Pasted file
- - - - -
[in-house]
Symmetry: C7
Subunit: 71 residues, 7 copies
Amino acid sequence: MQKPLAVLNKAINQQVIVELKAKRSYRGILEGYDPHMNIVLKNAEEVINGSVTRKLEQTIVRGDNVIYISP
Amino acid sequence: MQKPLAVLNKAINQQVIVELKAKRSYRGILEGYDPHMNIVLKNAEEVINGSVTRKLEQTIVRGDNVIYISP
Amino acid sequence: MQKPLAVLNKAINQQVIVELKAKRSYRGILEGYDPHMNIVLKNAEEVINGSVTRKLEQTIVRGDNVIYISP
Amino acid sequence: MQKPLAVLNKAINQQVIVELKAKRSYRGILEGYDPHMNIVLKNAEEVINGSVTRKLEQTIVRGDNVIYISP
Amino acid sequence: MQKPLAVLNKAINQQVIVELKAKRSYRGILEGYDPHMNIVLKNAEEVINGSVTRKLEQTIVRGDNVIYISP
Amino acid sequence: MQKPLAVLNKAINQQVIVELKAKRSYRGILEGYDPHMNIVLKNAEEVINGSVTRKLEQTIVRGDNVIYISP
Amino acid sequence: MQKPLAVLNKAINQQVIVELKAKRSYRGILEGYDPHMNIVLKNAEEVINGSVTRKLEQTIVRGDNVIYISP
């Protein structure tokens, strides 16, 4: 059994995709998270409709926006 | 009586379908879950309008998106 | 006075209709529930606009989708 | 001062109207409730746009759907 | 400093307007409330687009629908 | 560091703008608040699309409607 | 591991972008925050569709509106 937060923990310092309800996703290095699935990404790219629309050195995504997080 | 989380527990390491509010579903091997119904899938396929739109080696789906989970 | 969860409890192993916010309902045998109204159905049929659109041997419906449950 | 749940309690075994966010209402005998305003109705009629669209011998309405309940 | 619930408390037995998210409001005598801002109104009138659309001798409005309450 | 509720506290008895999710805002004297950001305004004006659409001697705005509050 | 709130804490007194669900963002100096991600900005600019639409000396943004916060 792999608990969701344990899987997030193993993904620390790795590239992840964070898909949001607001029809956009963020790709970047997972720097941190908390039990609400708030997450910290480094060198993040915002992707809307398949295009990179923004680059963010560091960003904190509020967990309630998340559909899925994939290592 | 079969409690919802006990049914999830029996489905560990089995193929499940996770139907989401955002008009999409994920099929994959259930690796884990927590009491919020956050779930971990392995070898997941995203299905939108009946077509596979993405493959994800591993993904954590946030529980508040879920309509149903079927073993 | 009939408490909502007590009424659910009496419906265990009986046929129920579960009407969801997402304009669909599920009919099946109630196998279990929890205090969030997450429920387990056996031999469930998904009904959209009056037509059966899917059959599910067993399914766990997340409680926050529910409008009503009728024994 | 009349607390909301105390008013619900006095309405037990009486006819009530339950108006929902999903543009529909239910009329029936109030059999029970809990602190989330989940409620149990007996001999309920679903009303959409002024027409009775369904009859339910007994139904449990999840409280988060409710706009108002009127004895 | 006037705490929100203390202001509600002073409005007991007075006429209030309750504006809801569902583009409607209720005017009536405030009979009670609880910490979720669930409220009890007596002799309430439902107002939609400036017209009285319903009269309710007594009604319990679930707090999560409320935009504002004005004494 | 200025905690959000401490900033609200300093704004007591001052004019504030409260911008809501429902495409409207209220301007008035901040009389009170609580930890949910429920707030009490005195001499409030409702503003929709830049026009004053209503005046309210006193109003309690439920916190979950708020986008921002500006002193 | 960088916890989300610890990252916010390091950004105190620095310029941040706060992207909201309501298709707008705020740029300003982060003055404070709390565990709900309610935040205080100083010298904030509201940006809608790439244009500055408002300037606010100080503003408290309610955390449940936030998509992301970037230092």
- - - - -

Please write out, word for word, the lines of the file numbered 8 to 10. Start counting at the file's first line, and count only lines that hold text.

Amino acid sequence: MQKPLAVLNKAINQQVIVELKAKRSYRGILEGYDPHMNIVLKNAEEVINGSVTRKLEQTIVRGDNVIYISP
Amino acid sequence: MQKPLAVLNKAINQQVIVELKAKRSYRGILEGYDPHMNIVLKNAEEVINGSVTRKLEQTIVRGDNVIYISP
Amino acid sequence: MQKPLAVLNKAINQQVIVELKAKRSYRGILEGYDPHMNIVLKNAEEVINGSVTRKLEQTIVRGDNVIYISP